Culturally Catholic: The Worst Kind?

If this becomes negative in nature I’m sorry; its just that this issue troubles me personally.

Would anyone else agree that the idea of being Culturally Catholic, where you stay in the religion because you were born in it and identify yourself as Catholic despite

  1. never going to Sunday Mass
  2. disagree vocally with the Church on matters
  3. perhaps not even being spiritual or put any of your faith in the hierachy established

I’m sure there are other signs but these are the first that come up. I personally fit this mold as well as pretty much my entire family. No one in my family would even dream of joining up with a Protestant denomination even if they were more agreeing in their ideology.

Speaking as technically a cultural catholic I see the pros being

Pros: If you do find your faith in God again your immediately drawn to the Roman Catholic Church and not tempted by other protestant groups

Cons: It leaves a huge demographic of Catholics who feel they can claim to be part of the Church while still holding views that are viewed as sin by the Church.

I’d like others opinions on this matter.

I think the worst kind of Catholic is a bigoted Catholic who is self-righteous and judgemental.

I’m seriously thinking about deleting my account because there are too many people like that using these forums.

It saddens me to see people judging others in God’s name

That’s my opinion.

God bless,
Clare

Hi,

It is a valid question.

The thing is that we can only be apart of the mystical body of Christ if we are in a state of grace. This means attending the sacraments, striving for holiness, etc.

Otherwise, we are no longer apart of the mystical body of Christ, which is the Catholic Church.

So you really cannot be apart of the Church if you are not united to the mystical body.

One could always say they are Catholic, and have strong Catholic inclinations and leanings, etc. You could be a “fallen-away” Catholic. Or someone hoping to return to full communion with the Church.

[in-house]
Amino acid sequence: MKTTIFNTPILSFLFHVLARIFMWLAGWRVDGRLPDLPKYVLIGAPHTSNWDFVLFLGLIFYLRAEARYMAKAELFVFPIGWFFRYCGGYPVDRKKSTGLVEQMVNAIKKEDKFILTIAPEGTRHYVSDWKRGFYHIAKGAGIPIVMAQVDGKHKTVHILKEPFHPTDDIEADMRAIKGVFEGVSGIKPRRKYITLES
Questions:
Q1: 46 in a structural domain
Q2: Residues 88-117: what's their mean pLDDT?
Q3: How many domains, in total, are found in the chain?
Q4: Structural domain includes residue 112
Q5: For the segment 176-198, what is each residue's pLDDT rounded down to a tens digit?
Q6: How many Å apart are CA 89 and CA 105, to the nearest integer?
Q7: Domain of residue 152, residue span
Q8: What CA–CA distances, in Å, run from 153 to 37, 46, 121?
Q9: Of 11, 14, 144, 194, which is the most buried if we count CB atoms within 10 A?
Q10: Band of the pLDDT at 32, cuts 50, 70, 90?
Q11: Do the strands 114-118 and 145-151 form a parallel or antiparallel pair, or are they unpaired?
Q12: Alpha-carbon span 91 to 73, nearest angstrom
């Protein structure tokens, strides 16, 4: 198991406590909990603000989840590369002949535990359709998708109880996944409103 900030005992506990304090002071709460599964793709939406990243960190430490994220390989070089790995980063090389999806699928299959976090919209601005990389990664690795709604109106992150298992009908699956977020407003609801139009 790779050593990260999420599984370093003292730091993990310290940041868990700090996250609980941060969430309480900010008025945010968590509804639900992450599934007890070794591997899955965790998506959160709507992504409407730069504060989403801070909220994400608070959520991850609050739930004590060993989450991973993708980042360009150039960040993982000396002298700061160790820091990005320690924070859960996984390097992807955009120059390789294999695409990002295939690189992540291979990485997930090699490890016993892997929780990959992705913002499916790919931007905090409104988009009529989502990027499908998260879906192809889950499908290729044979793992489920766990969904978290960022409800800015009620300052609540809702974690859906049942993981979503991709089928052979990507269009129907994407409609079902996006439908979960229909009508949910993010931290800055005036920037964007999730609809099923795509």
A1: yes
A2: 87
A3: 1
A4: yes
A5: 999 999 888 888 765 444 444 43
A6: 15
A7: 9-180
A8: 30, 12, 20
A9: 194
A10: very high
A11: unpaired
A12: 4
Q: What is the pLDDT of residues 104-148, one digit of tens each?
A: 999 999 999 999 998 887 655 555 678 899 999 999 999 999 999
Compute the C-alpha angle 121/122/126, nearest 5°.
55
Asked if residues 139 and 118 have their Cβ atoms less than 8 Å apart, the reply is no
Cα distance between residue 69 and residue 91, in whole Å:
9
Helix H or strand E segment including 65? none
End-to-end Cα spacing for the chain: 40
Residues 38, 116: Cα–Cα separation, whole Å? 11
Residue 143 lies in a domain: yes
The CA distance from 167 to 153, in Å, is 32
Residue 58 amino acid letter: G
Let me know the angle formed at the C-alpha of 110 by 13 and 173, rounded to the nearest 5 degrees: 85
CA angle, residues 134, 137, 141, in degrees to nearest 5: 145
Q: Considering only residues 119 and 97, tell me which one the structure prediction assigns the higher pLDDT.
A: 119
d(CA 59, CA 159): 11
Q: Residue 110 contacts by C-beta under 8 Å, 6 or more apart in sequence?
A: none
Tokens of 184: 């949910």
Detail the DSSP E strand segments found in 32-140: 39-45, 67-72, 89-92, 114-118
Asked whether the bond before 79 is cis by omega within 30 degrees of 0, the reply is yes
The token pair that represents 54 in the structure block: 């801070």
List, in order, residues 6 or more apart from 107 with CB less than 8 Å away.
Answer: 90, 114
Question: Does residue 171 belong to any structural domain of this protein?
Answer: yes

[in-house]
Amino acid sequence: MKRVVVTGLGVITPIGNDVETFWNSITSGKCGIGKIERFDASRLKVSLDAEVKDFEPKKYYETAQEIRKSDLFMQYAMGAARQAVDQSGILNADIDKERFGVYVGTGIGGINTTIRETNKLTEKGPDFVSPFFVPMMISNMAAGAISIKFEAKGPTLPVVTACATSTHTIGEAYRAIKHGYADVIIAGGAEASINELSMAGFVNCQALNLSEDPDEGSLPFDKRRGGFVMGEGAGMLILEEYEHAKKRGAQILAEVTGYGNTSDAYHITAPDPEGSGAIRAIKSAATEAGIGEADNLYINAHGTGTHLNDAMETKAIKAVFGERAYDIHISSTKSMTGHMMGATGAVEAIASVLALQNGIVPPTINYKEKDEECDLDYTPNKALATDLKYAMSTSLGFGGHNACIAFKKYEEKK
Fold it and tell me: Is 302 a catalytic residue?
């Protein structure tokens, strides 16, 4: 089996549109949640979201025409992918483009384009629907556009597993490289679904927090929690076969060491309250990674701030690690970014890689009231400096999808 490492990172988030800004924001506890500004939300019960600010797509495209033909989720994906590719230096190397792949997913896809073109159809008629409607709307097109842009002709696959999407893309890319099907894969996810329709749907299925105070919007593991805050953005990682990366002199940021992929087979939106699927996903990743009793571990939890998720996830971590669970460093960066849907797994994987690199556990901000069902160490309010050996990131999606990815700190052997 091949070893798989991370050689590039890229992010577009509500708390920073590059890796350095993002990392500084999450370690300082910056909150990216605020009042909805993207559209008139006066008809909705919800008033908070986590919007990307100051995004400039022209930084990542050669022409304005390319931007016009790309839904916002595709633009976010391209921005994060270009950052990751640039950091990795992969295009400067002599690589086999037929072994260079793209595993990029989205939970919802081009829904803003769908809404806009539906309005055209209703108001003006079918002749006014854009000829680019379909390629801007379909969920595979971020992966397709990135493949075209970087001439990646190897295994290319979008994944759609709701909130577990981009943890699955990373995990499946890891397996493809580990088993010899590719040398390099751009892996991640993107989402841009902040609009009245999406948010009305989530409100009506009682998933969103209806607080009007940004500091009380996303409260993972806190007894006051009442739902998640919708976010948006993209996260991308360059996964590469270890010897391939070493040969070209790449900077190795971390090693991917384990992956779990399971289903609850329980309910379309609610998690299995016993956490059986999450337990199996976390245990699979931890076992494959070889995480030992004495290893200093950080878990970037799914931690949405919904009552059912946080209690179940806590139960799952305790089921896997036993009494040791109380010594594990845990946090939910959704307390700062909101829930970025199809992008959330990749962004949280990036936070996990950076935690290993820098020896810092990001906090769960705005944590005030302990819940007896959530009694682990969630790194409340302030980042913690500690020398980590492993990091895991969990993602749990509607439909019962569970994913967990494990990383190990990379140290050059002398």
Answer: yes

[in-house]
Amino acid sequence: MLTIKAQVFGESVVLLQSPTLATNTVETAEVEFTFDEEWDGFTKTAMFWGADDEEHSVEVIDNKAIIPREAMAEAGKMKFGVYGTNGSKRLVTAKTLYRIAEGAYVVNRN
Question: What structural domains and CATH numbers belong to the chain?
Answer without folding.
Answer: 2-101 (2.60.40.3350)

But if you are not practicing there is a rift.

Ok, correct me if I am wrong anyone :slight_smile:

But that is how I understand it.

Yet there have been times when I have not practiced my faith and still felt Catholic. I was not apart of the Church proper, but still identified myself as Catholic. So I can understand the idea where you identify as Catholic but do not practice it.

Sometimes ideas are easier than practices.

Clare, you and I agree in part, disagree in part. I also think the worst kind of Catholic is a bigot/self-righteous and judgmental, but I love this site. I would never think of deleting my account.

When I was in highschool, there was this girl who self-identified as Catholic. One day we got in an argument about theology, that morphed into me learning that she had never (ever) been inside of a Catholic church (I don’t think she was baptized) and only said she was Catholic, because her parents used to be. :shrug: I said that she really shouldn’t call herself if she wasn’t practicing, as she had never, been, Catholic was not a race.

Oddly enough a evangelical friend of mine (whom we had also been discussing with) backed me up. Saying religion was something one chooses.

Now obviously once baptized Catholic one is Catholic. But to self-identify or to misrepresent to others that one is a practicing Catholic and then bear a false witness to the faith, is very damaging and I think should be avoided. (Like claiming one is a Catholic and then declaring that abortion/contraception/pope is evil/etc.).

As only being cultural Catholic I think one should be careful because of Christ’s words about being lukewarm.

Just my take.

Hehehe, of course there will be self-righteous people everywhere. I love these forums too much to delete mine :wink:

I am personally new to this forum and new to Catholicism, though baptized Catholic I was never a practicing Catholic, though I did associate myself as Catholic when someone would ask my religion.

I agree that religion is not passed down like your ethnicity but it is chosen. Like someone who was baptized Catholic but has fallen away from the Church and had gone to a different denomination. They are choosing how they are going to practice their faith.

I would suggest to educated yourself about the Catholic Church and its teachings and why we believe and practice the way we do.Learn about what it means to be Catholic, you have nothing to lose and everything to gain. As I have learned and still learning, the more I read, the more I fell in love with God and the Church. I have gone to other denomination and chose to be Catholic.

I am Catholic when I could be anything else because since God told Peter,our first pope, " And I say to you, you are Peter, and upon this rock I will build my church, and the gates of the netherworld shall not prevail against it,"( Matthew 16:18).

Not in my family. It is passed down like ethnicity. Just about everybody is Catholic, aunts, uncles, cousins, grandparents, Catholic, Catholic, Catholic, Catholic. :smiley: